Northern Ontario is home to thousands of lakes and rivers, many of which harbour incredible numbers of both smallmouth and largemouth bass for the vacationing angler. But some are especially popular for the numbers of “big bass” they produce each season—Baptiste Lake located in beautiful Bancroft, Ontario, only 16 kms from world famous Algonquin Park, is one of these popular lakes known for its big bass.
This waterway has a rich history of bass fishing dating back to the early 1960s and produced some of the heaviest largemouth bass in excess of 8+ pounds entered in the Canadian Molson Big Fish Contest. Yes, 8+ pounds of largemouth bass!
Still not impressed? Consider the fact many 5- to 6-pound smallmouth are caught each season from these same waterways that include Baptiste, Elephant and Benoir Lakes—all accessible by boat with no locking systems entering each lake on the system.
We spent a few days in early July visiting with the gracious hosts of Birch Cliff Lodge on Baptiste Lake, only 10 km to the town of Bancroft, which is home to one of the world's largest mineral and gem tourist attractions called Rockhound Jamboree. Birch Cliff Lodge is one of Ontario's most picturesque cottage resorts, and since 1931 it has been an ideal destination for family vacations and angling adventures. They offer cottages of various sizes, each freshly decorated and updated with screened porches and some with fireplaces. Retaining its 1930s character, Birch Cliff Lodge is a unique venue for weddings, conferences and retreats. Check with them for spring and fall discounts. Check out the virtual video tour to see the comfortable and tasteful cottages, and discover why so many families return to this beautiful lodge year after year.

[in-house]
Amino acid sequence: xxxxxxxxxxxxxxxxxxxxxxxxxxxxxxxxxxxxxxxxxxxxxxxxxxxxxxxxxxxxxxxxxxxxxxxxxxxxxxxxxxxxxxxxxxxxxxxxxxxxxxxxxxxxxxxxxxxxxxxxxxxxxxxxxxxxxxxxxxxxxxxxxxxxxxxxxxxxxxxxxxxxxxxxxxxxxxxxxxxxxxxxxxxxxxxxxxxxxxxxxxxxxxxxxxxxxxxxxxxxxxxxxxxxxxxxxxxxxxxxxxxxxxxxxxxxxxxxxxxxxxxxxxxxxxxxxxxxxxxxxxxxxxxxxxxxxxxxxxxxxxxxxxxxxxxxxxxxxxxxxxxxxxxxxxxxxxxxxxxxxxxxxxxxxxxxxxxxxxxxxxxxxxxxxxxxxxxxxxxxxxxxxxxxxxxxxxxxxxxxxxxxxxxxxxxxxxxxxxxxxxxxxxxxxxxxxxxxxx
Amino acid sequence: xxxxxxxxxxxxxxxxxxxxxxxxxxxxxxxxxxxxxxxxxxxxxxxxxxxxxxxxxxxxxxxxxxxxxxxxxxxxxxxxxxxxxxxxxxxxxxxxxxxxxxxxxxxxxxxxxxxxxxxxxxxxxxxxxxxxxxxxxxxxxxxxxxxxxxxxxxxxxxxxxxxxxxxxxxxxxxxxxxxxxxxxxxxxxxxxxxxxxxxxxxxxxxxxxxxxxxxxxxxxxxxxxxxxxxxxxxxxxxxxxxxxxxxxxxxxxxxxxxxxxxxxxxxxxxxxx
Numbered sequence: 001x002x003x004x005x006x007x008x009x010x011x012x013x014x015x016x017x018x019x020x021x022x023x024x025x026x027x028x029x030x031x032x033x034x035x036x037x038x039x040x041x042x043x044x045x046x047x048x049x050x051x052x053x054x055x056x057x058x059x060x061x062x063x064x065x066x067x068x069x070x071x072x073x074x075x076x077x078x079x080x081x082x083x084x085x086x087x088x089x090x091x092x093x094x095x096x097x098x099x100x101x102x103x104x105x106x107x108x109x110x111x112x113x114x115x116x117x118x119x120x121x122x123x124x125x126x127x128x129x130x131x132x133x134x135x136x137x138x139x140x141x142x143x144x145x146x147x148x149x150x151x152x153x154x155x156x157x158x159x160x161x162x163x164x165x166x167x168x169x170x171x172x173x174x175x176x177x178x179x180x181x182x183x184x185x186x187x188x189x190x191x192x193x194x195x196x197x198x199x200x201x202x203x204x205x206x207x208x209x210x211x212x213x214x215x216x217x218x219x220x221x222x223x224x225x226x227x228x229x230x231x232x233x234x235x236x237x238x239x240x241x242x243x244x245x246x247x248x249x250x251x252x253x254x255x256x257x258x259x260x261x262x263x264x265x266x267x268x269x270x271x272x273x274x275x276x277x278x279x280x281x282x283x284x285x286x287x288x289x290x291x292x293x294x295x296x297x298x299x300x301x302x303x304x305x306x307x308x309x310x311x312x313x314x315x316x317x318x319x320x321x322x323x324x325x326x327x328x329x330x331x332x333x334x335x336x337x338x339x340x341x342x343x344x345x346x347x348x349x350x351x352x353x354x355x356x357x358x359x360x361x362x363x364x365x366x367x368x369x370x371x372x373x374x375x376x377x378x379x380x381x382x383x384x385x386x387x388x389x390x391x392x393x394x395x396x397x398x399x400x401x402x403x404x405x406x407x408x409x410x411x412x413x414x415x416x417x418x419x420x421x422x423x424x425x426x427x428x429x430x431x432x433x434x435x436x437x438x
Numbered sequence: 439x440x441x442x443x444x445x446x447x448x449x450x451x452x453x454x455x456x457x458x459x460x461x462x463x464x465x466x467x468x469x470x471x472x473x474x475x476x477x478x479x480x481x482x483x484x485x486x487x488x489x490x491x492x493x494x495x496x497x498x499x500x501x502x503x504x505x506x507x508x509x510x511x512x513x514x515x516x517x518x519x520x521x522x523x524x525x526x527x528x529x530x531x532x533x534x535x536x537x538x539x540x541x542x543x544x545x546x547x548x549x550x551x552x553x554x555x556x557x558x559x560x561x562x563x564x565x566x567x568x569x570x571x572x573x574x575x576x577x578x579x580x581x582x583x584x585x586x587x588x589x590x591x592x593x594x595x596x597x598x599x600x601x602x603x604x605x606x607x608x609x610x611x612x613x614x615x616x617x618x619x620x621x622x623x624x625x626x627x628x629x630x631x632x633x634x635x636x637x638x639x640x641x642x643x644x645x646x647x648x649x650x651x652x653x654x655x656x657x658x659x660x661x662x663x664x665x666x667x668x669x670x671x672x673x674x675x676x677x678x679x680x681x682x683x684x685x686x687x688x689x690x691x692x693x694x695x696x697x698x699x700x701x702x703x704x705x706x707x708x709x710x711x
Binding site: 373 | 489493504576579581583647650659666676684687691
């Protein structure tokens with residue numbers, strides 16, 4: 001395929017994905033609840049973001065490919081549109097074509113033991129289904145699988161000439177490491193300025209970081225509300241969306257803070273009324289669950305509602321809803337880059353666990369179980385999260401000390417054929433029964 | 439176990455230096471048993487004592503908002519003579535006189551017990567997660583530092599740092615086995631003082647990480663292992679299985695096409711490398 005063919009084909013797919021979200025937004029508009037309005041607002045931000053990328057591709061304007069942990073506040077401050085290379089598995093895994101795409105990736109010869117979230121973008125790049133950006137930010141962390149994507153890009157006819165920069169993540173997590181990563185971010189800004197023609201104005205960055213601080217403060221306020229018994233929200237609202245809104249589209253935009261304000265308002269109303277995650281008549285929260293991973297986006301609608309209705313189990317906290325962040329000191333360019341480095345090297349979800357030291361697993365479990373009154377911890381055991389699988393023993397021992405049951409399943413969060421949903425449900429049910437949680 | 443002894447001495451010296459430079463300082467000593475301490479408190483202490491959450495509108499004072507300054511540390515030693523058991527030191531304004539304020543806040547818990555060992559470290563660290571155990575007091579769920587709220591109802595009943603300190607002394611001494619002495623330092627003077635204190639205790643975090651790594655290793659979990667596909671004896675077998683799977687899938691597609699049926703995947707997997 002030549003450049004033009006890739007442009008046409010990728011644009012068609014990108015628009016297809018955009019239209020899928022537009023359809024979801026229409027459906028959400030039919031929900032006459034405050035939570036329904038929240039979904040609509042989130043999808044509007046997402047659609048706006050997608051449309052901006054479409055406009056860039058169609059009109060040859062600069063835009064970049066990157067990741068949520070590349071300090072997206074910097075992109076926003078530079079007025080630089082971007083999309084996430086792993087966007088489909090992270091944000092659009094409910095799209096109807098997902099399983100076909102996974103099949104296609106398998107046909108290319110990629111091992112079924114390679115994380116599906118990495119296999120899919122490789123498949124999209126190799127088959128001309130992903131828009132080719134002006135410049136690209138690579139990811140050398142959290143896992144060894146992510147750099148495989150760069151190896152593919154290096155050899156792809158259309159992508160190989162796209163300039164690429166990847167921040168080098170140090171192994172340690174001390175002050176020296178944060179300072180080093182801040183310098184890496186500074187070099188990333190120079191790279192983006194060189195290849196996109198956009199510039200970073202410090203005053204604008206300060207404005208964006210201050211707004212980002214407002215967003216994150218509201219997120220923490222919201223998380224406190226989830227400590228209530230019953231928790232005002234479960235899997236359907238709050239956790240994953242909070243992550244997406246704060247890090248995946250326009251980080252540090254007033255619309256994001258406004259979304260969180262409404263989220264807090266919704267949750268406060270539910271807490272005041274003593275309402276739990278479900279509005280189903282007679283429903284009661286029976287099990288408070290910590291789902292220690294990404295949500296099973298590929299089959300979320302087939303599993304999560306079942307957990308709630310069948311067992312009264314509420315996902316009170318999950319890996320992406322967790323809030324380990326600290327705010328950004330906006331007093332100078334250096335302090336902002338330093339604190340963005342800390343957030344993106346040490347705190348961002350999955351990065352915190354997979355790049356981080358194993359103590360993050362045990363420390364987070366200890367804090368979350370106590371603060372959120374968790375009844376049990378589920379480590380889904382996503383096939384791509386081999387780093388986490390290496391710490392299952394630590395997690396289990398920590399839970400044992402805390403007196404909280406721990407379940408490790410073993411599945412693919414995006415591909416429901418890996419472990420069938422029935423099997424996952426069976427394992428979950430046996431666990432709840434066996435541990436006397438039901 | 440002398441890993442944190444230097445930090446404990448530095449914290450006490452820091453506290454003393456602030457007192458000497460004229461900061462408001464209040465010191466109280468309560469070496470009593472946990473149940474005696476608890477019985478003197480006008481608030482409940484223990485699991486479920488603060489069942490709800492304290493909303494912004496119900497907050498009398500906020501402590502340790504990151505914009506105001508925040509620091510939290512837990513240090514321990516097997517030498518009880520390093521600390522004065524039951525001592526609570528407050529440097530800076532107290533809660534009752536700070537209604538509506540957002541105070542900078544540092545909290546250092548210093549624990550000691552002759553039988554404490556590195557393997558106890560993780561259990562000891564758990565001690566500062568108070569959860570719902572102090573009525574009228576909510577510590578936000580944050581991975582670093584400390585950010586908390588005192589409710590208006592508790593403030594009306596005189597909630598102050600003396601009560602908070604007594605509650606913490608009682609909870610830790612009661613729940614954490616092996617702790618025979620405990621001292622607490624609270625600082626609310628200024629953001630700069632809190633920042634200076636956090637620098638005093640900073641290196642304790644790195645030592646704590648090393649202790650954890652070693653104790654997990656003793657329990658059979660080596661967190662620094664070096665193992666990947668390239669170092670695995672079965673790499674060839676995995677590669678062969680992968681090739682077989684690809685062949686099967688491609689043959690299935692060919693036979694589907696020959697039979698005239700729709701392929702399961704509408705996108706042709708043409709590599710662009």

Let’s go fishing.
The late spring conditions and cooler water temperatures made it so that the deeper weed growth was not yet up to par in terms of holding numbers of bigger bass. We decided to pound the shorelines in search of shallow water largemouth bass hiding amongst the endless shoreline cover including logs, lily pads, stumps, rock piles, manmade structure and overhanging trees, which held some of the biggest bass of this trip.
Pitching and flipping soft plastic baits with heavy fluorocarbon lines on medium heavy and heavy action casting rod set ups increased our odds of landing a few Baptiste Lake giant bass, hooked in the tangled mess of tree roots and branches that overhang, or lay just below the surface of the water.
The lake has miles and miles of un-spoiled, natural shoreline with an abundance of fallen trees—large trees close to the water’s edge are excellent hiding places for bigger bass to hang out and eat unsuspecting critters.
These same overhanging trees and large branches offer a longer shade line from the sun and, depending on which side of the lake you are fishing, they can be an extended shaded hiding spot for bass well into the afternoon.
Some of my favourite trees are located close to deeper water, but never neglect those trees standing all alone in the shallow water in the backs of a bay. Big bass have a habit of finding the best spots on a lake, regardless of the water depth or any lead-in cover or structure elements.
I fished a lot of water on this trip. I found a bunch of overhanging trees by cruising the shorelines and looking for obvious cover that could hold bass. Even if it looked like it had potential to attract bass it was worth a look—I managed to boat some good numbers of smaller bass on fallen trees and small lily pad weeds along the shorelines. I caught and released some real good largemouth bass on the more isolated shoreline sections that had trees, fallen logs and weed growth mixed along the shorelines.
We didn't have much time to fish for those big brown smallmouth that are so popular on this lake, but that's for another Ontario trip this Fall when the trees are in full color and the bass are putting on the feed bag big time.
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